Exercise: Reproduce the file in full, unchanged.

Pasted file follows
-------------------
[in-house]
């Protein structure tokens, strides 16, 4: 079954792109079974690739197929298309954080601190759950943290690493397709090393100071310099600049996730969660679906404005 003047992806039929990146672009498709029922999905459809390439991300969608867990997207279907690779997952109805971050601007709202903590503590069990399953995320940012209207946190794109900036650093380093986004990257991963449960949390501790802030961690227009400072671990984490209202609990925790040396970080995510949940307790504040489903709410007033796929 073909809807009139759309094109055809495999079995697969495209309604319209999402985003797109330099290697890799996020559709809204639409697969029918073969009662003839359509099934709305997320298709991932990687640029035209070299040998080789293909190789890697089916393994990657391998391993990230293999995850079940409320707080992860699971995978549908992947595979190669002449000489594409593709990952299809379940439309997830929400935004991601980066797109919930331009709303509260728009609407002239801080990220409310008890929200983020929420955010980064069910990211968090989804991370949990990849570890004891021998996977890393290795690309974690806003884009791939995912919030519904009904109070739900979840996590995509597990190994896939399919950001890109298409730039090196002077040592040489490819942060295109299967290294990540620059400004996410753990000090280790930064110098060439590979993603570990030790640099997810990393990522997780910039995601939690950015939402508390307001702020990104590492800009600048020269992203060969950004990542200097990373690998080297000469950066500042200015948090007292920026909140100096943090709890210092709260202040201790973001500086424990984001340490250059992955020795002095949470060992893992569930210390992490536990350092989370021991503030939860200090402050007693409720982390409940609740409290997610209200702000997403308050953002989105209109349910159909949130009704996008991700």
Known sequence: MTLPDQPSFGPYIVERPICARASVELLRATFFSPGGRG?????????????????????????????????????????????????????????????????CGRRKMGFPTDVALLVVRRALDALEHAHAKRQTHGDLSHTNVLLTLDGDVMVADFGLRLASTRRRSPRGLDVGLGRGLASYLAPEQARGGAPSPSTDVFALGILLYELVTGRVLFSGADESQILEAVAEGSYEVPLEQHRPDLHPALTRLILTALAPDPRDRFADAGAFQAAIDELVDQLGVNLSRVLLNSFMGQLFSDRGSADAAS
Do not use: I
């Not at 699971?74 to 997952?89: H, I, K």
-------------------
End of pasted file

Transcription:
[in-house]
């Protein structure tokens, strides 16, 4: 079954792109079974690739197929298309954080601190759950943290690493397709090393100071310099600049996730969660679906404005 003047992806039929990146672009498709029922999905459809390439991300969608867990997207279907690779997952109805971050601007709202903590503590069990399953995320940012209207946190794109900036650093380093986004990257991963449960949390501790802030961690227009400072671990984490209202609990925790040396970080995510949940307790504040489903709410007033796929 073909809807009139759309094109055809495999079995697969495209309604319209999402985003797109330099290697890799996020559709809204639409697969029918073969009662003839359509099934709305997320298709991932990687640029035209070299040998080789293909190789890697089916393994990657391998391993990230293999995850079940409320707080992860699971995978549908992947595979190669002449000489594409593709990952299809379940439309997830929400935004991601980066797109919930331009709303509260728009609407002239801080990220409310008890929200983020929420955010980064069910990211968090989804991370949990990849570890004891021998996977890393290795690309974690806003884009791939995912919030519904009904109070739900979840996590995509597990190994896939399919950001890109298409730039090196002077040592040489490819942060295109299967290294990540620059400004996410753990000090280790930064110098060439590979993603570990030790640099997810990393990522997780910039995601939690950015939402508390307001702020990104590492800009600048020269992203060969950004990542200097990373690998080297000469950066500042200015948090007292920026909140100096943090709890210092709260202040201790973001500086424990984001340490250059992955020795002095949470060992893992569930210390992490536990350092989370021991503030939860200090402050007693409720982390409940609740409290997610209200702000997403308050953002989105209109349910159909949130009704996008991700």
Known sequence: MTLPDQPSFGPYIVERPICARASVELLRATFFSPGGRG?????????????????????????????????????????????????????????????????CGRRKMGFPTDVALLVVRRALDALEHAHAKRQTHGDLSHTNVLLTLDGDVMVADFGLRLASTRRRSPRGLDVGLGRGLASYLAPEQARGGAPSPSTDVFALGILLYELVTGRVLFSGADESQILEAVAEGSYEVPLEQHRPDLHPALTRLILTALAPDPRDRFADAGAFQAAIDELVDQLGVNLSRVLLNSFMGQLFSDRGSADAAS
Do not use: I
């Not at 699971?74 to 997952?89: H, I, K």